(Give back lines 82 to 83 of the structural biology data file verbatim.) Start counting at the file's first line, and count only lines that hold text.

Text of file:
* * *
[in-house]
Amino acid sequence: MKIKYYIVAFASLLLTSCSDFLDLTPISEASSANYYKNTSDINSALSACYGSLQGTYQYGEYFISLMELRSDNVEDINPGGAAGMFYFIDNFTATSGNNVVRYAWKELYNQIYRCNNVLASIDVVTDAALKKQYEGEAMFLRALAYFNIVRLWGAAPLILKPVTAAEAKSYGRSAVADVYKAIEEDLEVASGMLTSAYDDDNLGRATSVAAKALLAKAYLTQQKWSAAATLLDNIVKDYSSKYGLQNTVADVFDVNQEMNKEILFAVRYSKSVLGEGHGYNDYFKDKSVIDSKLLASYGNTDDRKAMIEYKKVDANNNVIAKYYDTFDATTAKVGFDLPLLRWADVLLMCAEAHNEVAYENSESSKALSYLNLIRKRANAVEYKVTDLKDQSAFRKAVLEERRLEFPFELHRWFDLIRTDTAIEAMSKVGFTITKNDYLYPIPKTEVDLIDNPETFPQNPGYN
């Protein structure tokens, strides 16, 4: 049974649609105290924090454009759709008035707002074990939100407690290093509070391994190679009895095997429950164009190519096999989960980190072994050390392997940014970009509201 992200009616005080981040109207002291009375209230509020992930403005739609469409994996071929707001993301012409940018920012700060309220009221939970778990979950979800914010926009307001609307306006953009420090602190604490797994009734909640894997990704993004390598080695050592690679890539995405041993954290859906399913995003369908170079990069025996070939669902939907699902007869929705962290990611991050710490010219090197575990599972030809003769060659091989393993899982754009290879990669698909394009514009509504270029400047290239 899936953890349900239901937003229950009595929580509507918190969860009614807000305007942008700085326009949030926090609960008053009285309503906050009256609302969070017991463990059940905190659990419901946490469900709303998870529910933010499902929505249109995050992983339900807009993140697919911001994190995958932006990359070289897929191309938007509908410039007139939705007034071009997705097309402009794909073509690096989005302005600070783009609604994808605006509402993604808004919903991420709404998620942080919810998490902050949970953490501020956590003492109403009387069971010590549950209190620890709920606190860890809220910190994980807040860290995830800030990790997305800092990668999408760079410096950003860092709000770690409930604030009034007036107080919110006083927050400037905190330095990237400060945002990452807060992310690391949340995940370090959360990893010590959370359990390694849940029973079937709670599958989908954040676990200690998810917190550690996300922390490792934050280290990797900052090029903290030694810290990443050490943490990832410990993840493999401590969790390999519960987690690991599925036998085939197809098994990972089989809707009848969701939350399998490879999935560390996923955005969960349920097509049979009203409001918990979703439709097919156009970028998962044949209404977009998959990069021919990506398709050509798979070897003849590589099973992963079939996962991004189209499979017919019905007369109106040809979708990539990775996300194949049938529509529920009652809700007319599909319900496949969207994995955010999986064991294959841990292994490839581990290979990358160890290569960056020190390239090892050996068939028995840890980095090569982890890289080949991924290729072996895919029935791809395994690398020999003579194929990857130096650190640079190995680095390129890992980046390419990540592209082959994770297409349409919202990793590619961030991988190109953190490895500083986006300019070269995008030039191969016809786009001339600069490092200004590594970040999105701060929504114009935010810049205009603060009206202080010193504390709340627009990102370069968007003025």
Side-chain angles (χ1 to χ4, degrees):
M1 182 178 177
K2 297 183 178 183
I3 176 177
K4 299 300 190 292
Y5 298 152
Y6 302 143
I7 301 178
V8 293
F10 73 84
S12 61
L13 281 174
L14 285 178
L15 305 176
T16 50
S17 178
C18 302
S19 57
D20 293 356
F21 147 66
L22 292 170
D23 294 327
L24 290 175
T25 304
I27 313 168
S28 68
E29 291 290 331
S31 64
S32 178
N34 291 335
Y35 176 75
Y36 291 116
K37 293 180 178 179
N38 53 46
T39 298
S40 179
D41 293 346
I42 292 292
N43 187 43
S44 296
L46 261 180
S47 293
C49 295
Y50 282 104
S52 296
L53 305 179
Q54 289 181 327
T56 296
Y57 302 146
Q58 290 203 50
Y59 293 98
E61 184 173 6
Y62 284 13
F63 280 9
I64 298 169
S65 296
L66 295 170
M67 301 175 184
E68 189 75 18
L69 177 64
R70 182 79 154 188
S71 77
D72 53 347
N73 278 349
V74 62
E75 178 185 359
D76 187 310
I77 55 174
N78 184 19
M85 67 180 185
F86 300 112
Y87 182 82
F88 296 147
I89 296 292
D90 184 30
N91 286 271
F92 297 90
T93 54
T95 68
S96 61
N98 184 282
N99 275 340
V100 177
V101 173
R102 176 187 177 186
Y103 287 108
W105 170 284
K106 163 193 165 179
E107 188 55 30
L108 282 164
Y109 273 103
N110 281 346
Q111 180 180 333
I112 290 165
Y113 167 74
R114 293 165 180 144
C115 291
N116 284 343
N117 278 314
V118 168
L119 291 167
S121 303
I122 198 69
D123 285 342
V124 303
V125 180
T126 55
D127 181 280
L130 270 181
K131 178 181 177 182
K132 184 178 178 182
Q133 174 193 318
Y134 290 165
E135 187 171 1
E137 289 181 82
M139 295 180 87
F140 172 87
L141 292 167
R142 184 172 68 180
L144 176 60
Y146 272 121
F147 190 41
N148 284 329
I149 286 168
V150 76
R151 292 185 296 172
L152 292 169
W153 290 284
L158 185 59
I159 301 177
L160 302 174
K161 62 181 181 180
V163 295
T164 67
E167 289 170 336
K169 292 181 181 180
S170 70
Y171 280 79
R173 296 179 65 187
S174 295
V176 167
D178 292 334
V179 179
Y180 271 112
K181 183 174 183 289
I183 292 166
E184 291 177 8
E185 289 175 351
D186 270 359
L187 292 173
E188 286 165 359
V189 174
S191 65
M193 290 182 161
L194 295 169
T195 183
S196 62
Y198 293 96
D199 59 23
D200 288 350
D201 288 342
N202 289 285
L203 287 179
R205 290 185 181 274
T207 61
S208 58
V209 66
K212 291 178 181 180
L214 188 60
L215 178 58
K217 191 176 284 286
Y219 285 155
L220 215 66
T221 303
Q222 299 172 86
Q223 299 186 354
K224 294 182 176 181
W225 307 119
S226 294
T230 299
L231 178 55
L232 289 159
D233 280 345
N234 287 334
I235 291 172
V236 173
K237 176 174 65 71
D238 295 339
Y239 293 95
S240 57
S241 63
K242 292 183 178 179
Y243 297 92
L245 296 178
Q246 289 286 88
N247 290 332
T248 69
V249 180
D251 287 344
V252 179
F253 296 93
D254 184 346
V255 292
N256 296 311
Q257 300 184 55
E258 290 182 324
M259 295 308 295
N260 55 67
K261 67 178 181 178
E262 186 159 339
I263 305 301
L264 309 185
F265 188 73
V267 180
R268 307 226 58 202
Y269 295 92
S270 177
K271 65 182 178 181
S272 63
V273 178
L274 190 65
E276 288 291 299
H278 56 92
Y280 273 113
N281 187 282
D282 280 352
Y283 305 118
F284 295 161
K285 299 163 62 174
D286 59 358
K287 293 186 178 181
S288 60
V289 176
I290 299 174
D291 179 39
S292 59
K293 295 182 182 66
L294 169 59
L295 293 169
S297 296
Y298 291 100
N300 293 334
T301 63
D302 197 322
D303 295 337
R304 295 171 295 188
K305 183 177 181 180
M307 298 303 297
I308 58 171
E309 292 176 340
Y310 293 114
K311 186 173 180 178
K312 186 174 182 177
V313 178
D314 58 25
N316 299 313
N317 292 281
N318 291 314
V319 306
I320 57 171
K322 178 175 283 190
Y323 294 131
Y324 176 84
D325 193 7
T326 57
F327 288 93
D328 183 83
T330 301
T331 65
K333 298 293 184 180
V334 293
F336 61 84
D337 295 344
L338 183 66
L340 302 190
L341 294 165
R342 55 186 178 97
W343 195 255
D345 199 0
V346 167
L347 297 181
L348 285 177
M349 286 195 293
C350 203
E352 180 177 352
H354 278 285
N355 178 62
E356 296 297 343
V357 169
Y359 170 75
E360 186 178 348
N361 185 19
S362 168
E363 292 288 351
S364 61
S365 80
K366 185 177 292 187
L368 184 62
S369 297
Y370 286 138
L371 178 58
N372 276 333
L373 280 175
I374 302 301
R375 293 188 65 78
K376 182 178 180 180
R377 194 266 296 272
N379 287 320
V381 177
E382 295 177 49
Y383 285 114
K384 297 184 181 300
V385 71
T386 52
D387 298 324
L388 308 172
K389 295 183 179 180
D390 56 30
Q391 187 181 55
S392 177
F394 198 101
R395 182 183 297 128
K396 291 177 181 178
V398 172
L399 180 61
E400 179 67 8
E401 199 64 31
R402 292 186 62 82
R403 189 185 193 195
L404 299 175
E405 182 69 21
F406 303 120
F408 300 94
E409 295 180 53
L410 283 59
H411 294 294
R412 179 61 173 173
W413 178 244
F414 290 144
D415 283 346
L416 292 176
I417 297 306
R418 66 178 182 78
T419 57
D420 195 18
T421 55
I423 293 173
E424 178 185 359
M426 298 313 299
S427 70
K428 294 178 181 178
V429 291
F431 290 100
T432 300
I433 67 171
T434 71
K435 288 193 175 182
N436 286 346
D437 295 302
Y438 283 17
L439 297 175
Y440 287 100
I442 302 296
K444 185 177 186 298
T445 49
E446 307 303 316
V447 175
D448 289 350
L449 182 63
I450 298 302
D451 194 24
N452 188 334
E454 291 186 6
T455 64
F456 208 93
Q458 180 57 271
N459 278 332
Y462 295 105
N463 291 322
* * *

T95 68
S96 61